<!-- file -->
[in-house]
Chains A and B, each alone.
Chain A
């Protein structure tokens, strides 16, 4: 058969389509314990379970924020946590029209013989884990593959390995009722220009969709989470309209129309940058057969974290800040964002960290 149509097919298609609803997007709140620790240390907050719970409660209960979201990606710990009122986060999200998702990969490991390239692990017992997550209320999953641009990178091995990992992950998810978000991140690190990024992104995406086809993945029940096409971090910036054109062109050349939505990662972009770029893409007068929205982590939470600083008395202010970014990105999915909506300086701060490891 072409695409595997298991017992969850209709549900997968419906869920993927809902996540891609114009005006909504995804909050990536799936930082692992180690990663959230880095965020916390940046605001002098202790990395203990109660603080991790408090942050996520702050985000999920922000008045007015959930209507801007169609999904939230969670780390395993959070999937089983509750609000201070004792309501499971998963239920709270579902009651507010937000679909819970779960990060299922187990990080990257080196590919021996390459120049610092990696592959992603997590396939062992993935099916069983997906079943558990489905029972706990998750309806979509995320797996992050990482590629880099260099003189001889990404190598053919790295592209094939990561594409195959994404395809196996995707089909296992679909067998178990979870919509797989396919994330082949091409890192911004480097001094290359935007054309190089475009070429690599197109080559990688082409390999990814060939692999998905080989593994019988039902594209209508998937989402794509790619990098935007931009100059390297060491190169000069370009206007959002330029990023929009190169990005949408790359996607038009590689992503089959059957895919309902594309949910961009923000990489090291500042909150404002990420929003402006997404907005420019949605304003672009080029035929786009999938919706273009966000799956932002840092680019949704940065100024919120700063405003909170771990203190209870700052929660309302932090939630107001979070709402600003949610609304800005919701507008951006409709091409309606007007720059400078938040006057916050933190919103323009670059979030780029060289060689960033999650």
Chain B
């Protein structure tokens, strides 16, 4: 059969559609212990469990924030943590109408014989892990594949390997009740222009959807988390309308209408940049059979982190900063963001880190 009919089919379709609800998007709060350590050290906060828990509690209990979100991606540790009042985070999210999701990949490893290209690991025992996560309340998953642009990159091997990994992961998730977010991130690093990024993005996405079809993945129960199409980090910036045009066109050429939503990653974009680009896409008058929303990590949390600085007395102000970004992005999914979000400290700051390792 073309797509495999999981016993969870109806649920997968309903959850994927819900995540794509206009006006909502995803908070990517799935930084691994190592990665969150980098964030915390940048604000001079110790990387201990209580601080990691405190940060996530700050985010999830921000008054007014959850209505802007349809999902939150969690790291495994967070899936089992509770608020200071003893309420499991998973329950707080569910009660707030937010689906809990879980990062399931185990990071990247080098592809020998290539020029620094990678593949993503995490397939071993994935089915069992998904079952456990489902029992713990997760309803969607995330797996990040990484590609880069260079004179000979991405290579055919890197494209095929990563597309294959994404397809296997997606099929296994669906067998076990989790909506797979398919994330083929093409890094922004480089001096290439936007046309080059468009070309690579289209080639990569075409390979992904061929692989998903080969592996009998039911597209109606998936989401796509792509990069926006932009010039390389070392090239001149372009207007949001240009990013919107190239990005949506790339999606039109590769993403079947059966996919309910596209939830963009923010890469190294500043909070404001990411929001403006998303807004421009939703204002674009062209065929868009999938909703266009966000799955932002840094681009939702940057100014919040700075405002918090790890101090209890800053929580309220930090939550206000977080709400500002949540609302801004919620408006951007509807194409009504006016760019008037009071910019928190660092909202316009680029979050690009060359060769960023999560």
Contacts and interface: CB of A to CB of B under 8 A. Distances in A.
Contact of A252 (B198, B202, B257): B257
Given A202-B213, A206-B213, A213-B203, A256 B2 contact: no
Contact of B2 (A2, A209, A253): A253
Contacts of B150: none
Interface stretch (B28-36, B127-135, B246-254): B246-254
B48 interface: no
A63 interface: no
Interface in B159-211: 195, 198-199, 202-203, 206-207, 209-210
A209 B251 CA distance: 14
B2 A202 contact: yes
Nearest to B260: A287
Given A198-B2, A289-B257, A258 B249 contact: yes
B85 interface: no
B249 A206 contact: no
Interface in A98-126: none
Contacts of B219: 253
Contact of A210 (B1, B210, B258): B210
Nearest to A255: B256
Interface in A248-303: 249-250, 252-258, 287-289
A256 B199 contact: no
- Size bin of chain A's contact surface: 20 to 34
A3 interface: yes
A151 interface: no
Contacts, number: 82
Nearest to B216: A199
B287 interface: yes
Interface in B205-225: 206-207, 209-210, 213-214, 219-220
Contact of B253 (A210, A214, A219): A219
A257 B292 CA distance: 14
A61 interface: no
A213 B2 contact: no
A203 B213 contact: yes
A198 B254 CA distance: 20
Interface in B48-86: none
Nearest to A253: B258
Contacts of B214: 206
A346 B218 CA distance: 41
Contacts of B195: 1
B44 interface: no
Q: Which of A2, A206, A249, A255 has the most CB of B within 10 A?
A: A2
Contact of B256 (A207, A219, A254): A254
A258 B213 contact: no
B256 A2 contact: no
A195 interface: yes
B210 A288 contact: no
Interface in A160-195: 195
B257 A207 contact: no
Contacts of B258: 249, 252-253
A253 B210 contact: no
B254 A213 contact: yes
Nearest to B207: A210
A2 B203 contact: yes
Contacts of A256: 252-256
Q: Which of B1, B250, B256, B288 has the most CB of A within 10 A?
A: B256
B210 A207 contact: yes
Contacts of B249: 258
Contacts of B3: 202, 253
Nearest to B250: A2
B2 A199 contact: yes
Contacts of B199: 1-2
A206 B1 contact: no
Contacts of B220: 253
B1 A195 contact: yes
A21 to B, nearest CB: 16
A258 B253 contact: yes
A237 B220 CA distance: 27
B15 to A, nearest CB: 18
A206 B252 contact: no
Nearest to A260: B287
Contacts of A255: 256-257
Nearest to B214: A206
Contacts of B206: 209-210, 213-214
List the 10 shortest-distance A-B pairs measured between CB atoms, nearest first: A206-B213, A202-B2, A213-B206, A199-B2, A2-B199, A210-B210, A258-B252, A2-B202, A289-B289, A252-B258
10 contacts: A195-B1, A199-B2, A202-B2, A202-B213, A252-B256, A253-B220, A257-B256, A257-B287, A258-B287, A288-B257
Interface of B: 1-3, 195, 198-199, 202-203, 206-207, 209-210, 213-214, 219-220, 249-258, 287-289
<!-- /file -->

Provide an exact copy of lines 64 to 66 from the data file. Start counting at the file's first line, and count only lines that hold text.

B210 A207 contact: yes
Contacts of B249: 258
Contacts of B3: 202, 253